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    Industry fears disruption from new post-Brexit border checks

    A traffic marshall checks the documents of a freight lorry driver at Waterbrook Park facility in Ashford, south east England on January 15, 2021. (Photo by BEN STANSALL/AFP via Getty Images)

    British businesses are warning of a new wave of post-Brexit trade disruption because EU exporters are not ready for UK customs changes which start this month, and Britain’s port infrastructure might be unprepared too.

    Britain left the European Union’s single market in January 2021 but it has repeatedly delayed imposing checks on EU imports.

    By contrast, the EU immediately enforced its rules, leading to port delays in 2021 and prompting some British exporters – such as cheese-makers and high-end beef farmers – to give up on selling to the bloc, at least initially.

    Make UK, representing manufacturers, said in December that 90% of firms it surveyed still faced problems doing business with the EU with customs and clearance the biggest barrier.

    Marco Forgione, Director General of the Institute of Export & International Trade, representing UK importers, said large EU firms would probably cope with Britain’s new rules but smaller ones – such as specialist food exporters – might struggle.

    Some of them might decide it has become too complicated to trade with the UK and stop exporting, Forgione said.

    “That then leads to price pressure and the possibility of scarcity,” he said.

    Britain has postponed full implementation of its post-Brexit border controls on food and fresh products five times due to worries about port disruption and the cost-of-living crisis.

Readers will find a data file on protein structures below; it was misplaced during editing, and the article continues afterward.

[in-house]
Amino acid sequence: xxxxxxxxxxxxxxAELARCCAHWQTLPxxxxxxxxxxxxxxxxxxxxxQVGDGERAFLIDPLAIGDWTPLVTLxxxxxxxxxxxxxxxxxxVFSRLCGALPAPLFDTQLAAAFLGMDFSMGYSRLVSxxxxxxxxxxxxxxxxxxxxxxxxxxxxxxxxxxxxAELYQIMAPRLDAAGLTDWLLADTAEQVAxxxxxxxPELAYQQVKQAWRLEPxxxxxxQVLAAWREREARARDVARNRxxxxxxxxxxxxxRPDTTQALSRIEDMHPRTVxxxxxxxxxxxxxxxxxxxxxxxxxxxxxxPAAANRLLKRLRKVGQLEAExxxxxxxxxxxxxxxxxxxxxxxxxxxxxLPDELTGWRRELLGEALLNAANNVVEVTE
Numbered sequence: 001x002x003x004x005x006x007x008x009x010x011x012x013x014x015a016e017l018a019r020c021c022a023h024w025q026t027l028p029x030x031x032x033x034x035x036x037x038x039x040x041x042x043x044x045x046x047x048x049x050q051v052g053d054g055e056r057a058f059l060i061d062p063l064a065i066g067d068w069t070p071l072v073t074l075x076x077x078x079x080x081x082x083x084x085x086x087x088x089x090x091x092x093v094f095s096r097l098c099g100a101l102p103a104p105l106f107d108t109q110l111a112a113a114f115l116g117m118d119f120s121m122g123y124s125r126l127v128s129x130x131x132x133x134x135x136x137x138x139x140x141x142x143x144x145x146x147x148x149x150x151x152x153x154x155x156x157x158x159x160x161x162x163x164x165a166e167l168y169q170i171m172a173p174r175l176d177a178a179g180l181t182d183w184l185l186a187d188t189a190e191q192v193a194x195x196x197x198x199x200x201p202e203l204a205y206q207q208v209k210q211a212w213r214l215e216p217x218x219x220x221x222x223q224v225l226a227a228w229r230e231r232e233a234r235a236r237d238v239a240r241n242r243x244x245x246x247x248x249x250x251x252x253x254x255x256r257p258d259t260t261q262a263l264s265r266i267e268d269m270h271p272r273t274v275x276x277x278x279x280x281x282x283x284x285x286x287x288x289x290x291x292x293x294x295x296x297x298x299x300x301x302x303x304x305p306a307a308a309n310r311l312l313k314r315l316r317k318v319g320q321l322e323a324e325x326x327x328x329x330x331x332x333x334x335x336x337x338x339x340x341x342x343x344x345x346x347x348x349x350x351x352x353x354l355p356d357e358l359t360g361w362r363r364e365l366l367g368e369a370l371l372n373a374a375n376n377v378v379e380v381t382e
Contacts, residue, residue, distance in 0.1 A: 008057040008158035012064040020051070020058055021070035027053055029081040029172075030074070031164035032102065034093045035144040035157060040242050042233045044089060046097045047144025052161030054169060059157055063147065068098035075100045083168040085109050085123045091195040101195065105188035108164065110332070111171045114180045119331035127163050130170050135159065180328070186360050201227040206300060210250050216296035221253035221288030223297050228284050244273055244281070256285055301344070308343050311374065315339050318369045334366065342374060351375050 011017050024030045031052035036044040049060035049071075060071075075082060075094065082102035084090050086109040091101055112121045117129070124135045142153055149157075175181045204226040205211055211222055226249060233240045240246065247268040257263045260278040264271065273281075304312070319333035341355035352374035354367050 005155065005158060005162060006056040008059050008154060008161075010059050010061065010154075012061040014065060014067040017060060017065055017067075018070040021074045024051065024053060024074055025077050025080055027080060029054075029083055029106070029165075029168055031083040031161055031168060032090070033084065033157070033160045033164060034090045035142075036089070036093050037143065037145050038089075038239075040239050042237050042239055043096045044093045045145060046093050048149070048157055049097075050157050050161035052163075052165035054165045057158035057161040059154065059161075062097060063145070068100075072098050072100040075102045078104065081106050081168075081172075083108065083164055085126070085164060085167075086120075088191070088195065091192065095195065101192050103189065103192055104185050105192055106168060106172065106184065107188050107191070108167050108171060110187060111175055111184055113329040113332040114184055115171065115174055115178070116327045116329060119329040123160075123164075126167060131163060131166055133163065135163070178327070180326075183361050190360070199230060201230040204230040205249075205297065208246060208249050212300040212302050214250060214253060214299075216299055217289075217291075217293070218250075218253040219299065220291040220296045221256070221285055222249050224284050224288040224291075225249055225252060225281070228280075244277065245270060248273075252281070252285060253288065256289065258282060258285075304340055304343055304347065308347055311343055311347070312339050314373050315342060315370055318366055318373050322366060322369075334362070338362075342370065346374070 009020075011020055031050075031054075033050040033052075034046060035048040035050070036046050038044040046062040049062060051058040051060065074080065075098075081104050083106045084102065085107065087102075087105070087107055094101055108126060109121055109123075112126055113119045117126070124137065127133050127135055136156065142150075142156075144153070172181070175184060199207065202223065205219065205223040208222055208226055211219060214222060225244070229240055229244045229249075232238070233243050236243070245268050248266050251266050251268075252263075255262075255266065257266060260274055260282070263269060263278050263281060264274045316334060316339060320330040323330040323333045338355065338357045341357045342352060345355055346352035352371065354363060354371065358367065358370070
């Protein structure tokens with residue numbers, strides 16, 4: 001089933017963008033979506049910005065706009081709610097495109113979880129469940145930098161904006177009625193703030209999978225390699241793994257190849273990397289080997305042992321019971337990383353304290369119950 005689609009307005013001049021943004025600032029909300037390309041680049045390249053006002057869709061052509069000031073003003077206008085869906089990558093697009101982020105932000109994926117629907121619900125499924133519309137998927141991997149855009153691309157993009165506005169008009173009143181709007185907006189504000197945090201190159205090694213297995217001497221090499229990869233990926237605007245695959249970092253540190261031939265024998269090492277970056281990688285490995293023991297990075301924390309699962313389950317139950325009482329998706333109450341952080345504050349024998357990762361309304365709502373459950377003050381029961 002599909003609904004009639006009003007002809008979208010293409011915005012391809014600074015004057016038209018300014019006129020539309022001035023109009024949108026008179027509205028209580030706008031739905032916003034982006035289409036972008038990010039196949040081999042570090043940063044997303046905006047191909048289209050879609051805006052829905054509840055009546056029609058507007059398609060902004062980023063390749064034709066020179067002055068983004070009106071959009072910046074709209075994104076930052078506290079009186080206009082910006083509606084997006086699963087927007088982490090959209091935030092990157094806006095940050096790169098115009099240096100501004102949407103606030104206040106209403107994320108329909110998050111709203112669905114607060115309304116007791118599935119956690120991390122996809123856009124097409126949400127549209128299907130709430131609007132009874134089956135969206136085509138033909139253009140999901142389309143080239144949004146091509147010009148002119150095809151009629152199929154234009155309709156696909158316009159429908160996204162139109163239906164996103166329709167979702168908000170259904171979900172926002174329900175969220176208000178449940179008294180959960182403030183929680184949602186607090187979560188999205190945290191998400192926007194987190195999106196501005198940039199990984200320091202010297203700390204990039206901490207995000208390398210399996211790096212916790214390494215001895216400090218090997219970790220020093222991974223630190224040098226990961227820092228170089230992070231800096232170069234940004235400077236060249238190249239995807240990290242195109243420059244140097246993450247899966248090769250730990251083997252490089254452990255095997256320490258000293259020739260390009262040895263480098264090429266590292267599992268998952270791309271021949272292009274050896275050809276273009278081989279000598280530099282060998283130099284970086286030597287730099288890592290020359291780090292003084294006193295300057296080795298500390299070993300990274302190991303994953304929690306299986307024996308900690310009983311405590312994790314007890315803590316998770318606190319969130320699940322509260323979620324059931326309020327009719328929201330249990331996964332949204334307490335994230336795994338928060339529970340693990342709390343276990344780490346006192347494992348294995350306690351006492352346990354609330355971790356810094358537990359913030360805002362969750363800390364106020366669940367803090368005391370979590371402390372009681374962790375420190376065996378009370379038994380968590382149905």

But its new Border Target Operating Model (BTOM) comes into force on 31 January and will be introduced in three phases.

    Initially, EU exporters of animal and plant products, such as eggs, dairy, meat and berries, will be required to present Export Health Certificates (EHCs) to British authorities.

    But physical checks on shipments will only start on 30 April followed by a requirement for safety and security certificates from 31 October.

    “We remain committed to delivering the most advanced border in the world,” a government spokesperson said.

    William Bain, head of trade policy at the British Chambers of Commerce, said there was a risk of congestion and delays when the checks start in April.

    Britain imports up to 70 per cent of its fresh food from the EU in the winter months, falling to about 30 per cent in warmer months, with as many as 1,000 trucks daily arriving at its ports.

    “Will the government enforce by preventing material which doesn’t have an electronic EHC from entering the GB border? Or does it let stuff in and then simply enforce through contact with the companies involved afterwards?” Bain said.

    “The government’s not telling us what they’re going to do.”

    The British Retail Consortium and the Fresh Produce Consortium have also expressed concern. The British Meat Processors Association is worried that a lack of veterinary capacity in the EU might slow health certification.

    James Barnes, chair of the Horticultural Trades Association, said there was a risk that the UK’s new border infrastructure, processes and IT systems would not be ready for April, the biggest month for plant shipments.

    “It’s unfortunate that it’s happening when we think things aren’t ready and at the busiest time of year,” Barnes said.

    The government said all infrastructure and systems were ready or on track to be ready by April and it would implement checks carefully with a view to avoiding delays.

    The Dutch Association of Wholesalers in Floricultural Products called for a delay in the UK border checks until 2025.

    That plea fell on deaf ears, but with a British national election expected in 2024, businesses hope the government might adopt a light touch to avoid delays and shortages.

    “They’ve got the powers to dial up or dial down the mode of enforcement that they want to use, so it’s entirely in their hands to wave stuff through,” said the BCC’s Bain.

    (Reuters)

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